Thursday, February 23 at 4:30 PM
ARC, Room 5318
Sara McDougall Professor of History, John Jay College; French and History, CUNY Graduate Center
This talk will address illegitimate children and their families in Medieval Europe, with a focus on the fourteenth and fifteenth centuries. In principle, birth to anything other than legitimate marriage rendered a child illegitimate and as such unable to inherit from parents or attain high church or secular positions.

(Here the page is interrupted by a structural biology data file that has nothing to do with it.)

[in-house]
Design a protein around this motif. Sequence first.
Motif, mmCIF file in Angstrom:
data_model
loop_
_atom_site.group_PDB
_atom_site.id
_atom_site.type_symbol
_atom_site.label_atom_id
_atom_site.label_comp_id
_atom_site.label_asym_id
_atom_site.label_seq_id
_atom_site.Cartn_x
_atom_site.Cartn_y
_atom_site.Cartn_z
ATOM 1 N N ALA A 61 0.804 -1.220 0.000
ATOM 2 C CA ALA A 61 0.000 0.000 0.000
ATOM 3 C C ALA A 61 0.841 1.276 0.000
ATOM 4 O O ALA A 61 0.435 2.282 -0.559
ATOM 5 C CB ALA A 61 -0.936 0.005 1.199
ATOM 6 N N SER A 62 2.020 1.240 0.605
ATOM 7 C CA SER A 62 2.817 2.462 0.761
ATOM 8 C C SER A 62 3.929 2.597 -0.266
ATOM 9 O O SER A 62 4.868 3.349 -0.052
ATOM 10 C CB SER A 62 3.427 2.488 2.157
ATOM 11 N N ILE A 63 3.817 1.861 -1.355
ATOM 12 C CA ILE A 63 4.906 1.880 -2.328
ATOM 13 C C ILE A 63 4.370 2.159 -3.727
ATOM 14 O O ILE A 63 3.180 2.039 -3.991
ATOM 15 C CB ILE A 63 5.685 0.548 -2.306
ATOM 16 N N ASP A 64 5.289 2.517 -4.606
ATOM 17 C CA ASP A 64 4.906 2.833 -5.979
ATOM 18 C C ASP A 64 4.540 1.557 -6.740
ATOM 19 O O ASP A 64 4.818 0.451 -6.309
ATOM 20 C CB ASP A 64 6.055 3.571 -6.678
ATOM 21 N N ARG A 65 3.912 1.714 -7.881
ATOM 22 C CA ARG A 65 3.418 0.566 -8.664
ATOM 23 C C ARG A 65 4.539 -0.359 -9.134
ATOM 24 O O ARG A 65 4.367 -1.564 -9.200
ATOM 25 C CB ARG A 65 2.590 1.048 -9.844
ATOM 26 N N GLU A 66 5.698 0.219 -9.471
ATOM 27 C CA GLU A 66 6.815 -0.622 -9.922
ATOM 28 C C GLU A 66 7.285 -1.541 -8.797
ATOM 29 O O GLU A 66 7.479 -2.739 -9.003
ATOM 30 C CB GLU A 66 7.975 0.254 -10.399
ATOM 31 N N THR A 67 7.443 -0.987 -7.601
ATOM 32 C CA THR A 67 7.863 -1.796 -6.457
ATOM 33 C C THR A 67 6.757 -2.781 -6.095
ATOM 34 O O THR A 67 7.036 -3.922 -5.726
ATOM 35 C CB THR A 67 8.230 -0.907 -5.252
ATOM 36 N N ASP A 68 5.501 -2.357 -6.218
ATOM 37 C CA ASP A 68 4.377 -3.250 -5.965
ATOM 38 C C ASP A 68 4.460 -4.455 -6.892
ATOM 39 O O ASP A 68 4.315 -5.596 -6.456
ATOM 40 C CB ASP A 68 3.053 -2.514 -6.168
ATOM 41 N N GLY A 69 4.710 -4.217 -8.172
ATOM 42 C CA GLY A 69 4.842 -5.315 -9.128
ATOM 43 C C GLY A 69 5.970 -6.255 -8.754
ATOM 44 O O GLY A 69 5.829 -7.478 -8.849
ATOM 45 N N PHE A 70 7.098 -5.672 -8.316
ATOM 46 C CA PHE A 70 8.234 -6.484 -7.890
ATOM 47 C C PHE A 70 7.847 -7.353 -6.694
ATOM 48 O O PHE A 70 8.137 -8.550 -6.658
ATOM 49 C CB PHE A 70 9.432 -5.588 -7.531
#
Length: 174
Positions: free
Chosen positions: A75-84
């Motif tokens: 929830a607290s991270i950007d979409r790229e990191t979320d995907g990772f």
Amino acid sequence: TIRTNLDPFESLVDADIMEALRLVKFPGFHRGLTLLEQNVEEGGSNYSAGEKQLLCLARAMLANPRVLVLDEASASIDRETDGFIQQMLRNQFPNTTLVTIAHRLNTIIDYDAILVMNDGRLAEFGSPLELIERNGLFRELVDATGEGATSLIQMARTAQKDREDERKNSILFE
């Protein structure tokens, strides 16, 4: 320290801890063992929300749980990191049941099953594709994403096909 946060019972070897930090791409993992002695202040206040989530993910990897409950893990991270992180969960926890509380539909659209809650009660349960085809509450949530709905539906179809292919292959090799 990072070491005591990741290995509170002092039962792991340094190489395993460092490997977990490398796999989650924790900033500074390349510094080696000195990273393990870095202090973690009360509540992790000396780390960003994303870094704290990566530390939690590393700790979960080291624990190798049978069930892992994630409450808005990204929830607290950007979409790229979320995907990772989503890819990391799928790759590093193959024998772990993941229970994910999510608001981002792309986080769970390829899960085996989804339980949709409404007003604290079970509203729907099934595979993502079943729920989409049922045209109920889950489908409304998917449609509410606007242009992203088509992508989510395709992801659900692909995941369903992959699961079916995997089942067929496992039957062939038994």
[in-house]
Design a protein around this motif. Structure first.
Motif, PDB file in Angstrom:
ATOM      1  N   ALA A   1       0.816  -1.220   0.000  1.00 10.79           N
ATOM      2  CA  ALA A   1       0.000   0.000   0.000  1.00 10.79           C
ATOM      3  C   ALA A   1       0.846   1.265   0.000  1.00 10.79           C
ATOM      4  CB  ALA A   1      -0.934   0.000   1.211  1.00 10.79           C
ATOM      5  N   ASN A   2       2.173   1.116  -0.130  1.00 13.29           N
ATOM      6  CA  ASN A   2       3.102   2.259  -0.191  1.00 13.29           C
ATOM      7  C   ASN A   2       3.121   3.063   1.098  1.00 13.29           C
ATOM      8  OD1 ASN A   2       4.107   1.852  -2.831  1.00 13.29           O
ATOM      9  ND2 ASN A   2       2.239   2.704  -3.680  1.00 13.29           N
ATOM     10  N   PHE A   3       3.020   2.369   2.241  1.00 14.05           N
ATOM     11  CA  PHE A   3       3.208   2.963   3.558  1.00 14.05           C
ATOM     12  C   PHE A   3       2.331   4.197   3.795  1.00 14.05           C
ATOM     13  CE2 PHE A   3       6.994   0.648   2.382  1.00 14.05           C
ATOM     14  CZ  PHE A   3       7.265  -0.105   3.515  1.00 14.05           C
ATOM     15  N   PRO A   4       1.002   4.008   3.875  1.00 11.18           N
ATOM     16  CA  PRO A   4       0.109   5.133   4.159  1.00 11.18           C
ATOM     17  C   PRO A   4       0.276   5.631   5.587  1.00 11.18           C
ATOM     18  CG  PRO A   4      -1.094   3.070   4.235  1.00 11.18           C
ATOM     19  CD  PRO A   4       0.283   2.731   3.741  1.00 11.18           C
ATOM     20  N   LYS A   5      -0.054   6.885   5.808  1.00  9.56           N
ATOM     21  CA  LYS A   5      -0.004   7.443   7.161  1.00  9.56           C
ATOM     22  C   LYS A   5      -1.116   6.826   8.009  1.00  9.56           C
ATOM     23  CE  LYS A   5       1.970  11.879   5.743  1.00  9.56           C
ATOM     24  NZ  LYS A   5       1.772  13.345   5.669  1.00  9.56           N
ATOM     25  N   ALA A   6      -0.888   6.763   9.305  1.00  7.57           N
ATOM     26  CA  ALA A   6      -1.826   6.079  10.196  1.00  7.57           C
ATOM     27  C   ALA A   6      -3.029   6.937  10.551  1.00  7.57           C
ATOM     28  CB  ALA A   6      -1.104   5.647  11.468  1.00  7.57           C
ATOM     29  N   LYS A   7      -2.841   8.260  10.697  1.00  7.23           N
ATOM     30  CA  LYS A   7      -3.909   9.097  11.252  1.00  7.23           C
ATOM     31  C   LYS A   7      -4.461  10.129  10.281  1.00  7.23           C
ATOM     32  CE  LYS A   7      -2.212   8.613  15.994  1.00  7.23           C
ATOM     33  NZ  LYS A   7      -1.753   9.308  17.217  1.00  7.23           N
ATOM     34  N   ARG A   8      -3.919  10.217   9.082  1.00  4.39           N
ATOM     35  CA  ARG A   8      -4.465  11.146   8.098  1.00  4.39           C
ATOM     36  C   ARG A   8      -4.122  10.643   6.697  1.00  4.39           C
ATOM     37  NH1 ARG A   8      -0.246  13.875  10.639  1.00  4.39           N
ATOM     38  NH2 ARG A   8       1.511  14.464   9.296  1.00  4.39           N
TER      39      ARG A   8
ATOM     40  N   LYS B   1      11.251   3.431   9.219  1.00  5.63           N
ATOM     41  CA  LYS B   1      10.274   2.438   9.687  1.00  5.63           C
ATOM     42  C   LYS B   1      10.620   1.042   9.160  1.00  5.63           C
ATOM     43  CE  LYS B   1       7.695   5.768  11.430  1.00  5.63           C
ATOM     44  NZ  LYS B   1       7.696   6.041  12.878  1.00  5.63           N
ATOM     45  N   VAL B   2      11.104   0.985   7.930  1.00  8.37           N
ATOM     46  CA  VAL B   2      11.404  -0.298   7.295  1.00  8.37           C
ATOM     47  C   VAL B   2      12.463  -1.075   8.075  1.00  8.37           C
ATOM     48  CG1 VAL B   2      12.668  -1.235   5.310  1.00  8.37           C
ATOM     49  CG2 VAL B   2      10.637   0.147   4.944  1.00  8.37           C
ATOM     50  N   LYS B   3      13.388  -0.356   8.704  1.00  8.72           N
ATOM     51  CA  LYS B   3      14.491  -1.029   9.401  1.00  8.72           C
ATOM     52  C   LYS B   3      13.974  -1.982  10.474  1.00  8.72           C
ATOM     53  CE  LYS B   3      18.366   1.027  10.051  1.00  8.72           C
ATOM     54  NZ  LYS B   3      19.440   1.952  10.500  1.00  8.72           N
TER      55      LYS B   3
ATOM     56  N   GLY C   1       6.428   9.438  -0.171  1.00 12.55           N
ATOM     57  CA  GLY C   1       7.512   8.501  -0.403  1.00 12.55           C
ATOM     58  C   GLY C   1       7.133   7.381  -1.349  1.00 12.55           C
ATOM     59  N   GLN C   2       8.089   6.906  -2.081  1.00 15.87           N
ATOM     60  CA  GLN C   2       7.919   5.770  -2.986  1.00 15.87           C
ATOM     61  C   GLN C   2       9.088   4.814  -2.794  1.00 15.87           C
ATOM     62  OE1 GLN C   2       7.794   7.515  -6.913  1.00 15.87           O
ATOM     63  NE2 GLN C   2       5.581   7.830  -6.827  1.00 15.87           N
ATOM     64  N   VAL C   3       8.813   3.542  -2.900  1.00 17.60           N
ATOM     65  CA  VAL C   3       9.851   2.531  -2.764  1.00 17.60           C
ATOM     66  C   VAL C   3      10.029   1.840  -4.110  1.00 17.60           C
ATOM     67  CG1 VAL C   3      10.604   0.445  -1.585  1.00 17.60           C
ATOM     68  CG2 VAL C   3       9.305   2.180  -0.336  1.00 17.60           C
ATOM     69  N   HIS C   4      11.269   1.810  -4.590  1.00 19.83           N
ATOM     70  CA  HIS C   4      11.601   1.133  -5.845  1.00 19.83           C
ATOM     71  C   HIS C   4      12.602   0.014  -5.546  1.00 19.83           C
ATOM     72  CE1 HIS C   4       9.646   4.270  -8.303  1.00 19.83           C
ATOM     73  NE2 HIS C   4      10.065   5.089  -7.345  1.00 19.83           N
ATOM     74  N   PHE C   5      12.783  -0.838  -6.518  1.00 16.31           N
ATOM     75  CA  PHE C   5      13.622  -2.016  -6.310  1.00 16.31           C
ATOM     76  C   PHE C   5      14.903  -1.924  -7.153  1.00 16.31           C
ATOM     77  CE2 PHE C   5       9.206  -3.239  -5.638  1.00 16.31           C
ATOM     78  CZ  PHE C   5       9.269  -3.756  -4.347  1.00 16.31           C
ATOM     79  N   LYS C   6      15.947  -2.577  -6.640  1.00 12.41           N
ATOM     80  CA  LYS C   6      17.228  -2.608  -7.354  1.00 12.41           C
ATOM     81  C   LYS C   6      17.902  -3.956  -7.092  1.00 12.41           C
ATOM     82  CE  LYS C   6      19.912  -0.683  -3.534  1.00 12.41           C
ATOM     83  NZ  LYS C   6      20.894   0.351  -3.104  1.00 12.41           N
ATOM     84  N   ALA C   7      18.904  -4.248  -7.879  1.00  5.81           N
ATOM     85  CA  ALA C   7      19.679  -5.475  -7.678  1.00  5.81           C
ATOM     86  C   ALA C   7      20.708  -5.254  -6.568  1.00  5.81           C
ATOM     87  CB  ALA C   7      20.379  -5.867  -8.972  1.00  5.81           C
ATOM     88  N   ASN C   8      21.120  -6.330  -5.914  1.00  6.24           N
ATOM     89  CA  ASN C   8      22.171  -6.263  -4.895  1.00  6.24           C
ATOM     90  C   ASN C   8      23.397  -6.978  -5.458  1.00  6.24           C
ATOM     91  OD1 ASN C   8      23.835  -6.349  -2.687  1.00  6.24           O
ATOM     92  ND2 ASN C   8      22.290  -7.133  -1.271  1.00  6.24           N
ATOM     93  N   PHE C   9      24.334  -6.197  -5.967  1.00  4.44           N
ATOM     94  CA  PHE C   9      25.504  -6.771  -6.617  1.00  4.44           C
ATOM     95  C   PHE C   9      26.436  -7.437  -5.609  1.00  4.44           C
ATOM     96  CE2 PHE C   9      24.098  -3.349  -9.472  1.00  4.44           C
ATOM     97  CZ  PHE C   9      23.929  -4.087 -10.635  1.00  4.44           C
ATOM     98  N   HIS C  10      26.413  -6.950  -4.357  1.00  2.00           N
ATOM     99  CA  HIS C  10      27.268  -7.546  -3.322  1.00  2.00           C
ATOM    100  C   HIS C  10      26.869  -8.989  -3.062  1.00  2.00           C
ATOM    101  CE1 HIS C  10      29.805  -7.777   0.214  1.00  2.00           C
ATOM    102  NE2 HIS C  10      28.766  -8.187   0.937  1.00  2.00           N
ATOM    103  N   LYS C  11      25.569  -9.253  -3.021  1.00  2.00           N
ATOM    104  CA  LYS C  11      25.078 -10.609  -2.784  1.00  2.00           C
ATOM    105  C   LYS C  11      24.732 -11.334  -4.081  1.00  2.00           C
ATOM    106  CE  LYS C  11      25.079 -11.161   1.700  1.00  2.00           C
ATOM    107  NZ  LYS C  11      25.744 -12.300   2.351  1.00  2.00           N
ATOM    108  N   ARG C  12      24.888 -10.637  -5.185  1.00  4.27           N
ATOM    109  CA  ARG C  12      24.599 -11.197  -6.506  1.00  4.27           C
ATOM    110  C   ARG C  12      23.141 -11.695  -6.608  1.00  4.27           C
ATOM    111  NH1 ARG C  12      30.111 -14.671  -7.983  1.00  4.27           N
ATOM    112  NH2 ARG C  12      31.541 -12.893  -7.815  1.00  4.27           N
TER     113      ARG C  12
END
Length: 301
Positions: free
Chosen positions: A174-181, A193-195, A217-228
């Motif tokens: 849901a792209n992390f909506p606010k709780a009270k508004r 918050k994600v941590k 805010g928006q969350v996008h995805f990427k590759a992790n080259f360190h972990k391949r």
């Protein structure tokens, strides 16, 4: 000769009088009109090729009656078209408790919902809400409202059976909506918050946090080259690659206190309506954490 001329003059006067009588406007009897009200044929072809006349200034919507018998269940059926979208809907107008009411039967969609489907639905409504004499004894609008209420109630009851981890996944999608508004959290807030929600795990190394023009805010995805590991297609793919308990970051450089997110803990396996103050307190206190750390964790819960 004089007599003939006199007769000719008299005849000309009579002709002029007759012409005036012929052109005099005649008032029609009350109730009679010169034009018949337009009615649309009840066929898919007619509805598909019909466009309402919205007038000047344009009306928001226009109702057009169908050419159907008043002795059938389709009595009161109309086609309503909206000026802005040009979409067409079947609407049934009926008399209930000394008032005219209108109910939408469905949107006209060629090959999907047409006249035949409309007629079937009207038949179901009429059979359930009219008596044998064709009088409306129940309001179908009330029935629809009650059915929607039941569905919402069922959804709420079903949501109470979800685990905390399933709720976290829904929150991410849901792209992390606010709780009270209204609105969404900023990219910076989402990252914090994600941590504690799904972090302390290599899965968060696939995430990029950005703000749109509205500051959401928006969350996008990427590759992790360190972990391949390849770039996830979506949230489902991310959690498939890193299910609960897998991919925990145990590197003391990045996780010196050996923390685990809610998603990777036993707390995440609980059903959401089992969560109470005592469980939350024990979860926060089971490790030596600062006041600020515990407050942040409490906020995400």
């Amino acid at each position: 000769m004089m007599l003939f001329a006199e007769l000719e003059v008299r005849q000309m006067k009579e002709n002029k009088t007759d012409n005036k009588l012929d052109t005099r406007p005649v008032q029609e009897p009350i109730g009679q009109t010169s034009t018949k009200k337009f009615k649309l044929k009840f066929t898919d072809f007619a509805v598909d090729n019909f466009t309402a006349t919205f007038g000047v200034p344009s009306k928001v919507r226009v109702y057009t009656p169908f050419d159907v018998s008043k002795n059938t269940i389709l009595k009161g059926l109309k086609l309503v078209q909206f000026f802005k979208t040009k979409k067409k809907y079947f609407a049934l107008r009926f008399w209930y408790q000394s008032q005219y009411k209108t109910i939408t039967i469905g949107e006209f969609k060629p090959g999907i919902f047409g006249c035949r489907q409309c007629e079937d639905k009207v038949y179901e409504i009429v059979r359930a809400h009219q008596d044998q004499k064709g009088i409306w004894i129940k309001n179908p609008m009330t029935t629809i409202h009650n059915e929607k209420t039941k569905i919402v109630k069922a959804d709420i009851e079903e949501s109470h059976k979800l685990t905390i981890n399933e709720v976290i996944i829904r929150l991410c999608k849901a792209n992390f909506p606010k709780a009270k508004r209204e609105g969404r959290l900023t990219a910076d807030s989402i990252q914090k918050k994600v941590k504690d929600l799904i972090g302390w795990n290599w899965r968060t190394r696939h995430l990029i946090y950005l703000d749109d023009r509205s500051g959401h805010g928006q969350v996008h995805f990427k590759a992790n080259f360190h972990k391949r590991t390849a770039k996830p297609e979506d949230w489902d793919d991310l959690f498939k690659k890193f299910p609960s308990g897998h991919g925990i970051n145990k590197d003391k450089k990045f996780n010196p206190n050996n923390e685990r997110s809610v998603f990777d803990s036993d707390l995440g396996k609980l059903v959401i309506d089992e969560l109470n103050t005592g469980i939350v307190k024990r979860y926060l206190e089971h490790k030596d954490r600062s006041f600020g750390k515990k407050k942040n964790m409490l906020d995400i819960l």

Reality seems to have been far more complex. In fact current scholarship reveals very little about illegitimate birth and its consequences, for children and families, and above all the mothers of illegitimate children remain obscure. The scholarship additionally focuses almost exclusively on fathers, largely because the few sources scholars have found are concerned with fathers and what they did or did not do for any children born outside of wedlock. This talk will therefore seek out a new understanding not just of the fate of children deemed illegitimate, but also their mothers. The implications may well challenge many of our preconceptions about the circumstances of women in premodern Europe, particularly their relationship to Christian canon law as well as secular legal traditions in Western Europe.